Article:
Archive for client centered marketing


101 Marketing Strategies: Celebrate A (Unique) Holiday

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Celebrating a holiday is a standard 101 marketing strategy you say?

Well, you would be right, but I would recommend you get creative with this very ‘standard’ of 101 marketing strategies… either choose a unique or obscure holiday, or even create your own.

I passed a bar a few days ago here in NYC, and when I saw this sign I just couldn’t resist sharing it. It’s a terrific way to create a unique reason to celebrate – and in their case, a unique way to bring in the customers (which is what you should be trying to do too…)

So, if you usually send out Holiday greeting cards in December, wishing people a Happy Holiday Season and Happy New Year, you might very well be wasting your time. People receive SO many cards they may not even notice who they’ve come from… but, if you send a card for Halloween or even Thanksgiving, your card will stand out because it will be the only one in the mail at that time.

Consider what you can do for a unique communication with your prospects and clients – even if it means creating your own. And, if you are looking for some unusual holidays to consider, here’s where you can find a great list (and if you Google ‘unique holidays’ you’ll find many more): Holiday Insights

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Internet Marketing Strategy: Blogging

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Finding Time to Blog is an Essential Internet Marketing Strategy

This question about a great internet marketing strategy came up in my recent marketing strategies Q & A ‘Ask Payson‘ teleseminar (you can enter your question and sign up here)

How do you find the time to blog with all the other activities in Social Media?

The Answer:

To me finding the time for anything, particularly things I know will help me grow my business is just as essential as brushing my teeth and making sure I make time to exercise. You just have to choose to make it a priority. I will say that when I get a question like this one there is usually something else behind it – like perhaps it’s hard to find the time to blog because either you don’t know what to blog about or you don’t really enjoy writing. There are many ways to deal with both. Since blogging is such an essential internet marketing strategy, I choose to make it a priority – and you should too.

Before you figure out WHAT you want to write about you need to figure out WHEN and HOW OFTEN you are going to write. To use your blog as an effective internet marketing strategy, the absolute minimum number of times you can blog is really about once a week. Ideally you want to build up to blogging 2-3 times a week or more, but if it’s a challenge for you, start with once a week and then consider increasing it. One way to add another entry a week is to do a weekly special entry, like motivation Monday or Inspiration Sunday – something like that where your readers will come to expect it from you and you will have a specific type of topic to cover. That works as both an easier topic to generate and keeps you on a schedule, holding your feet to the fire. You can consider doing a weekly review of something, share a video you found interesting, share something funny, something personal, a book review – whatever works for you. The idea is to make it a ‘regular feature’.

Once you decide how often, then schedule writing time for yourself every week – figure out if you are better in the morning or afternoon, and then just set a timer for ½ an hour or an hour and write on one of your topics. Remember, blog posts don’t need to be long to be effective – some people who blog regularly sometimes only write a paragraph or a few sentences on some days. Let the topic guide the length, and if it starts to get long, make it a two-part post. If the topic is a good fit for your keywords and you have a lot to say you can create a 3 part series – or perhaps even more.

Now, if you are looking for topics, one of the best ways is to set aside ½ an hour and brainstorm – make a list of everything you can think of and then start using that list. You can ask a fellow entrepreneur to brainstorm with you, you can look around at other blogs or magazines from your industry and see what people are writing about. When you find a topic you like, put it into a file – either digital or physical – and save the idea for later, that way you are always building a series of ideas – a blog idea folder. When your scheduled writing time comes up, if you aren’t sure exactly what to write about, grab your file and leaf through until something looks interesting, then get started.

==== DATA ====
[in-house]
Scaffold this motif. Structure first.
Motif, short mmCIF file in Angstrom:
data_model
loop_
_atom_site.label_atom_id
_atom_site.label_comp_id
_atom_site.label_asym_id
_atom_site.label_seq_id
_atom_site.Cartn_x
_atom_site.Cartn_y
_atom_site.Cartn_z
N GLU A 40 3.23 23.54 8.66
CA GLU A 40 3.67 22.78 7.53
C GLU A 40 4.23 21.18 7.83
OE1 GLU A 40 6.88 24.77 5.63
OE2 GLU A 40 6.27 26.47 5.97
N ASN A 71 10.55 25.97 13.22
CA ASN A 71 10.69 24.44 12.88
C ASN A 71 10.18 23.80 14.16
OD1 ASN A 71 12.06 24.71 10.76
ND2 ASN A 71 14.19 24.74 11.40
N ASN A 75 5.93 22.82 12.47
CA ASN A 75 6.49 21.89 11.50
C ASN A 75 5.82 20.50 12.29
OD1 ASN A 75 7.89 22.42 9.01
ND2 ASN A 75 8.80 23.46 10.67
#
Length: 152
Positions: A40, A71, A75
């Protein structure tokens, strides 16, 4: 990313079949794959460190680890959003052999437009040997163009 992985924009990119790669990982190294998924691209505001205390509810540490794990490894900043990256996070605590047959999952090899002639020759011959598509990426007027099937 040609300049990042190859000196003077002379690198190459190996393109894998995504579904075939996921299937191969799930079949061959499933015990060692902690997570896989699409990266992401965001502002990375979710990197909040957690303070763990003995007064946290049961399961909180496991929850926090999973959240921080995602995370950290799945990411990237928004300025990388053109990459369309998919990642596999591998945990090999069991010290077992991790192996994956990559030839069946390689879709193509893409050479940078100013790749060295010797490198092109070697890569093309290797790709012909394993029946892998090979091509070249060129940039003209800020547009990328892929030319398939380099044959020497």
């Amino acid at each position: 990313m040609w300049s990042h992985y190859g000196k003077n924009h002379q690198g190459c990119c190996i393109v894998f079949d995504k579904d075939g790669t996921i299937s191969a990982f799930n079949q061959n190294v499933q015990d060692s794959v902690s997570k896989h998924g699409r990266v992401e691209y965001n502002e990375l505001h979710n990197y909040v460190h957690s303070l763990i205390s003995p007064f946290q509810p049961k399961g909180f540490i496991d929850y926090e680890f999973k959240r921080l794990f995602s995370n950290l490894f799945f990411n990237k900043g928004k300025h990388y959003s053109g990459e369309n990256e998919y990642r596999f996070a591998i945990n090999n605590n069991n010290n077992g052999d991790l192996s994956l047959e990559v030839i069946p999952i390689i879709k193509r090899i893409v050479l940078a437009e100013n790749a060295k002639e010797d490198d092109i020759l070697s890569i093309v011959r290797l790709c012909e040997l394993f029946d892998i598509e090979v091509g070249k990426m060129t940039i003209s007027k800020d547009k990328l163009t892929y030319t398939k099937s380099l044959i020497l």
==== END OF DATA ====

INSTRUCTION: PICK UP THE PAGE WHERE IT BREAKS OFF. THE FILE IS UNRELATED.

The other thing that really seems to keep people from being able to use this internet marketing strategy regularly is that they don’t enjoy writing. If you are someone who doesn’t enjoy it, then don’t force yourself… if you don’t like writing, most likely you do enjoy speaking. In that case you can either do videos on your topic and put them up on YouTube (another GREAT internet marketing strategy) and then post them to your blog with a short write up or even a transcription of the audio.

If you don’t want to do video, you can record yourself speaking into an mp3 recorder or during a teleseminar you host for prospects, then send the audio file to a transcription service and get it transcribed. Then all you need to do is a little editing and post it on your site (many transcriptions services will also edit for an additional fee). You could easily record several blog posts in a ½ hour to 1 hour spoken segment, and then post them on your own schedule.

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What’s In A Niche?

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The answer? EVERYTHING.

Your business is dependent – completely dependent – on your niche. If you don’t have one, you are effectively shooting yourself in the foot.

There’s a saying in marketing, “If you’re for everyone, you’re for NO ONE.” It’s time to pay attention to that…

Most entrepreneurs, particularly when they are starting out, think that their product or service is good for everyone… if you are one of them, go back and read that previous sentence again. Making a decision to be FOR someone is absolutely essential to the success of your business. You must learn niche marketing, targeting your product’s or service’s message to a specific niche.

Here’s an example of an excellent niche… Goddess Boudoir Photography. The very talented Jessica Morrisy – who is an outstanding photographer, put together a niche for her business doing boudoir photography for women. It is abundantly clear that not everyone will want to use this service, but for those who are interested, she stands out as a great option. No worries about asking some random photographer if s/he is willing to do it – here’s someone who’s standing up and saying, “Hey, over here – I do exactly that!” Very smart, Jessica took the time to learn niche marketing, she selected  a niche that would work well for her, and went for it. From what I understand, it’s working VERY well for her.